Bangkok to foreigners, Krung Thep to locals, City of Angels to people of the past, city of horrific traffic jams to people of today. You can read all about this amazing city elsewhere, for here is just an eclectic mixture of photos I’ve taken over the past few months. I’ve tried to avoid the typical tourist shots and hope to continually update this page as I continue my explorations.
Sampeng Lane in Chinatown is a very long, narrow and famous lane where you can buy all sorts of tat. If these wires catch light however, it could be destroyed within minutes.
There are still a few decaying old mansions in the city but I’m afraid it is only a matter of time before they are torn down to be replaced by condos.
Shop houses within Chinatown are in a similar perilous condition
Although Thailand was never colonized by the western powers there are still a few colonial-style buildings. Again, not for long.
There is a sizeable Muslim population in Bangkok and the Haroon Mosque, found in the middle of a tangle of alleyways near the Oriental Hotel is one of the most famous and oldest in the city.
There’s an area around Wat Suthat in central Bangkok that is famous for religious paraphernalia. We found a huge shop that was packed with golden buddhas, looking like extras from a “Terminator” movie – you know the one.
So many golden Buddhas were inside the shop this poor bronze one was left outside
You need plenty of brushes to keep the Buddhas and the shop clean. Fortunately there are plenty of mobile brush sellers…
After a hot day wandering around we needed some sustenance. This small restaurant only served one thing – cold rice noodles served with a spicy peanut sauce with a side dish of overcooked, squishy and delicious cabbage.
Cats are everywhere. This one’s obviously had a tough day.
Quiet lanes and khlongs of old Bangkok.
This walk basically circles Democracy Monument – one of the busiest intersections in central Bangkok. A stone’s throw from the tourist ghettos of Khao San road and the Grand Palace, but an area few tourists ever see.
We started near Democracy Monument. In this picture you can see it in the distance on the left. Taking centre stage however, is a mobile food vendor battling with the traffic. Is she in the right lane?
We were here to visit Wat Ratchanadaram (Rajanada). It’s quite a new temple dating from the mid 19th century, but is very striking with it’s unique black metal roofs, possible influenced by Burmese styles. It’s also a popular place to buy amulets. Most wats have metal gates and most are decorated like the one below.
From here we crossed busy Ratchadamnon Klang Road to follow Khlong Banglamphu. Immediately the atmosphere changed to a much quieter residential area. Most khlongs in Bangkok have paths on either side so it is easy for pedestrians and also of course you are never far from mobile food vendors. Below are fried frogs and assorted fried bugs. In winter, up country you quite often see dogs in T-shirts – but I must admit I had never seen a fully clothed dog before. He looked rather French in his shirt, trousers and neckerchief.
We left Klong Banglamphu near Wat Bowonniwet, to continue our circle of Democracy Monument and walked along Thanon Tanao, not un-interesting in its own right. Our next target was the small Klong Wat Thepthida. The picture below shows a rather bemused-looking garland seller on the corner of the klong and Thanon Tanao. The garlands are made of real flowers and are bought by passersby to decorate everything from temples and spirit houses to acting as good luck charms around car mirrors.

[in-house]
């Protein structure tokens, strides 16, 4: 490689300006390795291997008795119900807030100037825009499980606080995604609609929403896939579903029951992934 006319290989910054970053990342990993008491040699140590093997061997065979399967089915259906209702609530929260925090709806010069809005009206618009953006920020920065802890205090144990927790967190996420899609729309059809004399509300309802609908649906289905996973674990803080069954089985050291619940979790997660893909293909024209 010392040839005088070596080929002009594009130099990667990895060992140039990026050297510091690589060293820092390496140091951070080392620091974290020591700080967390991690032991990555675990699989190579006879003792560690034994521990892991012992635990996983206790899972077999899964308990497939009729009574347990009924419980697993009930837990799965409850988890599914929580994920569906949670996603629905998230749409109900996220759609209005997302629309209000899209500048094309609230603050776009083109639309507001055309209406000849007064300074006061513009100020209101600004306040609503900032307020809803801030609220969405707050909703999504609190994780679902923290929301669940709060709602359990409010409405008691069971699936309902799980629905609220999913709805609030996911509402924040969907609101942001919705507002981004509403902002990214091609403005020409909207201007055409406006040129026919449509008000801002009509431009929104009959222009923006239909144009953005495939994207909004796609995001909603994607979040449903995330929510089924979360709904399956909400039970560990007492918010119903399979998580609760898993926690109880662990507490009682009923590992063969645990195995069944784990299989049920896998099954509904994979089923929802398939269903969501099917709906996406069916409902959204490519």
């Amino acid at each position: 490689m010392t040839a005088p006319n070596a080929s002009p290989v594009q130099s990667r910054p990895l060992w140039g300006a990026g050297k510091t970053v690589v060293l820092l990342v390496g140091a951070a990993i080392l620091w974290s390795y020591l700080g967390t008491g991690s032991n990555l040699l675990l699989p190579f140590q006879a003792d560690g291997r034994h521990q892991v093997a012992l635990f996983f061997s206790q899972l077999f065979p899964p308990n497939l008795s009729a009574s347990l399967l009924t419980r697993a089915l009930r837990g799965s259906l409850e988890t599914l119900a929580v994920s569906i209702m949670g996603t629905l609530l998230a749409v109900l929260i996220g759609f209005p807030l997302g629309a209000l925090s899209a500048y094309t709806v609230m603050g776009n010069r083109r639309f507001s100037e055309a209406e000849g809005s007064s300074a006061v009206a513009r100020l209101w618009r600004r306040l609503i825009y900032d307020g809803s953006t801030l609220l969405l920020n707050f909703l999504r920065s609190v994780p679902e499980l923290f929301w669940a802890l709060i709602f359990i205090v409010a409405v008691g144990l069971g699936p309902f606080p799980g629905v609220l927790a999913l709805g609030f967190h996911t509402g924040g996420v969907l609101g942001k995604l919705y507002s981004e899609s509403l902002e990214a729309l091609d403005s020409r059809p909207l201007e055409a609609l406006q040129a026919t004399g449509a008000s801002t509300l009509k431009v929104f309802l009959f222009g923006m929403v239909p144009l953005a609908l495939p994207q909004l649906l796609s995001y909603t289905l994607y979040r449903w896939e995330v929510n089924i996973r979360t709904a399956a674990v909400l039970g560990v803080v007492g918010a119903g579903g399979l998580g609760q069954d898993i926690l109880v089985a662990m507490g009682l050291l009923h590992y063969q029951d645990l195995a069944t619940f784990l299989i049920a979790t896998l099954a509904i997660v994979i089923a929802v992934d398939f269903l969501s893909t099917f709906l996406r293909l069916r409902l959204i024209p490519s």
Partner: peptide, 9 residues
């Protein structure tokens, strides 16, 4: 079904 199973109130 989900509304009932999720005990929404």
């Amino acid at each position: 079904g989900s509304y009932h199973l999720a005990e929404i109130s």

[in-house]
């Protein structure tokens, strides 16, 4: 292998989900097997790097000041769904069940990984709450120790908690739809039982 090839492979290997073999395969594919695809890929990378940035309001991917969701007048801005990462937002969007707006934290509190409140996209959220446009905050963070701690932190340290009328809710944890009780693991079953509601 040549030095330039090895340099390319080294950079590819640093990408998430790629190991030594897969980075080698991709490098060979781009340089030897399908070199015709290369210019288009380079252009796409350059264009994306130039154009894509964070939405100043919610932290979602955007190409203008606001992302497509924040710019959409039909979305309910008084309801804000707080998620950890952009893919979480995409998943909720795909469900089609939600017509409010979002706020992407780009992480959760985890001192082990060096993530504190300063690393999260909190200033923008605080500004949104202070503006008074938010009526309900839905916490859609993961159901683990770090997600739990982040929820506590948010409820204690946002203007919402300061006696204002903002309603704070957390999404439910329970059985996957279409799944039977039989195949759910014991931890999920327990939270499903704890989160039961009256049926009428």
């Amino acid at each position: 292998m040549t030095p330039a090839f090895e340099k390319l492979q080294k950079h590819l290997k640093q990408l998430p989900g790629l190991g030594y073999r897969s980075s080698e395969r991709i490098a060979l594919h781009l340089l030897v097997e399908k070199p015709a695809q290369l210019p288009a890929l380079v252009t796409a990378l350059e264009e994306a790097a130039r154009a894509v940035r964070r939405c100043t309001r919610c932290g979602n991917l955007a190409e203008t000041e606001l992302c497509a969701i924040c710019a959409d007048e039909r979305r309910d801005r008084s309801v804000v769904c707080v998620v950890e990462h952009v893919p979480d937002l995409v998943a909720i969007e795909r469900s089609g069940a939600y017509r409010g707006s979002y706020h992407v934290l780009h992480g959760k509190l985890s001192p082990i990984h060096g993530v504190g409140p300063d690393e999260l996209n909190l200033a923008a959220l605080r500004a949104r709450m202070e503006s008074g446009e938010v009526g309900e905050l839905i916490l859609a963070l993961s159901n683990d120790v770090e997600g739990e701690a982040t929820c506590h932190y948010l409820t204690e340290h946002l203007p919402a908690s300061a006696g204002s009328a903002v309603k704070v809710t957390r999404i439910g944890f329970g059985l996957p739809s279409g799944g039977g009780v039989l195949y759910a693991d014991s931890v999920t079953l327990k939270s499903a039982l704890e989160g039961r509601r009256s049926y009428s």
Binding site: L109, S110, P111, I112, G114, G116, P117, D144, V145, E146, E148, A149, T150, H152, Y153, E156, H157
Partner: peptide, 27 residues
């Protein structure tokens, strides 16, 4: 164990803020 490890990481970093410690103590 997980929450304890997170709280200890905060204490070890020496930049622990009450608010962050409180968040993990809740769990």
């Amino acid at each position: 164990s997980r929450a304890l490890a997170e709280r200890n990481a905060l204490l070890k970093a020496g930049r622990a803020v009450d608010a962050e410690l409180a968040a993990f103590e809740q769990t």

The path lining Klong Wat Thepthida is a bit narrower than most but provides views into a lot of houses on the other side. By following the khlong to its junction with the much bigger Khlong Ong Ang we were back to where we started and Wat Rajanada. A very pleasant few hours walk.
Inside a few Wats of central Bangkok
What follows are a few photos taken in and around a variety of Bangkok’s Wats
Wat Pho is home to the famous reclining Buddha, but it also covers a wide area of central Bangkok and is worth a stroll as there are many interesting and colourful smaller wats and stupas within its precincts
Wat Arun, the Temple of Dawn is similarly justly famous, but whatever you do, don’t dangle any doll!
The Suan Pakkad Palace was the residence of the grandson of Rama V (The famous King Chulalongkorn), but has been a museum since the 1970’s. It is in the heart of Bangkok, almost in the shadow of the Baiyoke Tower (World’s tallest hotel), but you wouldn’t know it once you enter the quiet shaded garden, watch the giant fish in the ponds and explore the old teak stilt houses.
One of the buildings is known as the Lacquer Pavilion. This small pavillion, originally dating from the 17th century, was transported from Ayuthaya and restored in 1959 as the Prince’s birthday present to the Princess. Inside are magnificent mural paintings, with gold on black lacquer, depicting the life of Lord Buddha and stories from the Ramayana.
In another building is the ‘Khon’ museum. Khon is the masked dancing telling stories from the Ramayana. The collection displays several masks, puppets and clay figurines.
Another building (the only new, but airconditioned building in the complex) houses the famous Ban Chiang, prehistoric pottery collection.
Yet other old teak buildings house seashell collections and a small souvenir shop. All in all well worth a few hours stroll. And just round the corner (all be it a taxi ride) is Soi Rangnam which has a number of good local restaurants and watering holes.